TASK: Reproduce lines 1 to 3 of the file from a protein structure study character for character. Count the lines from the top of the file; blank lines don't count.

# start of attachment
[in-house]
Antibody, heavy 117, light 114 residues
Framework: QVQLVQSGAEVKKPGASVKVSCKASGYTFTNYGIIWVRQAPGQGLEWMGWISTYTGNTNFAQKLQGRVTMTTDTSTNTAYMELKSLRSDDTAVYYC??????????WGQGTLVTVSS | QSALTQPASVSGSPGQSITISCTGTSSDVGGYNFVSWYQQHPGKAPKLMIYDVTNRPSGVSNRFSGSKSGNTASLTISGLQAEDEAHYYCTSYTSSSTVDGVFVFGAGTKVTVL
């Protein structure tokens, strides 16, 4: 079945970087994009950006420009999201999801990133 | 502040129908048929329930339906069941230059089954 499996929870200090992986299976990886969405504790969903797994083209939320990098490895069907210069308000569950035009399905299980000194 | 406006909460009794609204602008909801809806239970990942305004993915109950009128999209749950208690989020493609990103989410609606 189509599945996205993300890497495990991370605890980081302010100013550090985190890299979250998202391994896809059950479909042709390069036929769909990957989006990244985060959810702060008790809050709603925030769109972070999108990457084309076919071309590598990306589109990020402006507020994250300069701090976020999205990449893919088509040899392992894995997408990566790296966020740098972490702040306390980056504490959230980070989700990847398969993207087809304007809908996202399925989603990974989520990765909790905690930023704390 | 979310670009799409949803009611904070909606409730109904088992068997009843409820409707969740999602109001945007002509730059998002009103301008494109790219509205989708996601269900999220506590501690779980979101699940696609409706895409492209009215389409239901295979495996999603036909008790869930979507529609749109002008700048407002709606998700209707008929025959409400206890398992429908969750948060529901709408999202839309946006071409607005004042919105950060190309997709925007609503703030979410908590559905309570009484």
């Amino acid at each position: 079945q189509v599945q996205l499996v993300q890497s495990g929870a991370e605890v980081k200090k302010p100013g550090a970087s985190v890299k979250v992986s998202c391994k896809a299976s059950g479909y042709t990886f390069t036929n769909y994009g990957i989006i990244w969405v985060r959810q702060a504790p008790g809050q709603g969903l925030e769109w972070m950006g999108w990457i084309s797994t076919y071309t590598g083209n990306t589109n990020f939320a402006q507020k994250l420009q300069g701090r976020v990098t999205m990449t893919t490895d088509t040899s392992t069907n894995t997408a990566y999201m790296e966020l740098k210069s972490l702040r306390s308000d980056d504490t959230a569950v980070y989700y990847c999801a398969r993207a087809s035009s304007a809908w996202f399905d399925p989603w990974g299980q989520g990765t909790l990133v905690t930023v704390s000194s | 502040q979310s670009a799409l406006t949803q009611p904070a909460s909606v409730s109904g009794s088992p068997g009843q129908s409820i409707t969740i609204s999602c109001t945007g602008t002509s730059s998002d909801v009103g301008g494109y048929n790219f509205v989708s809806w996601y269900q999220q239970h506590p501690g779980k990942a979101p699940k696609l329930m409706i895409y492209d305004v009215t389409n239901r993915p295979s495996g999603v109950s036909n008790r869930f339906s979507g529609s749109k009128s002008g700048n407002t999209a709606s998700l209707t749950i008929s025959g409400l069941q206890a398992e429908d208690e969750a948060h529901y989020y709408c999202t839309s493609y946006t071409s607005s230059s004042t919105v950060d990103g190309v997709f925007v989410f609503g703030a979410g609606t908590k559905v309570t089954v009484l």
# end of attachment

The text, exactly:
[in-house]
Antibody, heavy 117, light 114 residues
Framework: QVQLVQSGAEVKKPGASVKVSCKASGYTFTNYGIIWVRQAPGQGLEWMGWISTYTGNTNFAQKLQGRVTMTTDTSTNTAYMELKSLRSDDTAVYYC??????????WGQGTLVTVSS | QSALTQPASVSGSPGQSITISCTGTSSDVGGYNFVSWYQQHPGKAPKLMIYDVTNRPSGVSNRFSGSKSGNTASLTISGLQAEDEAHYYCTSYTSSSTVDGVFVFGAGTKVTVL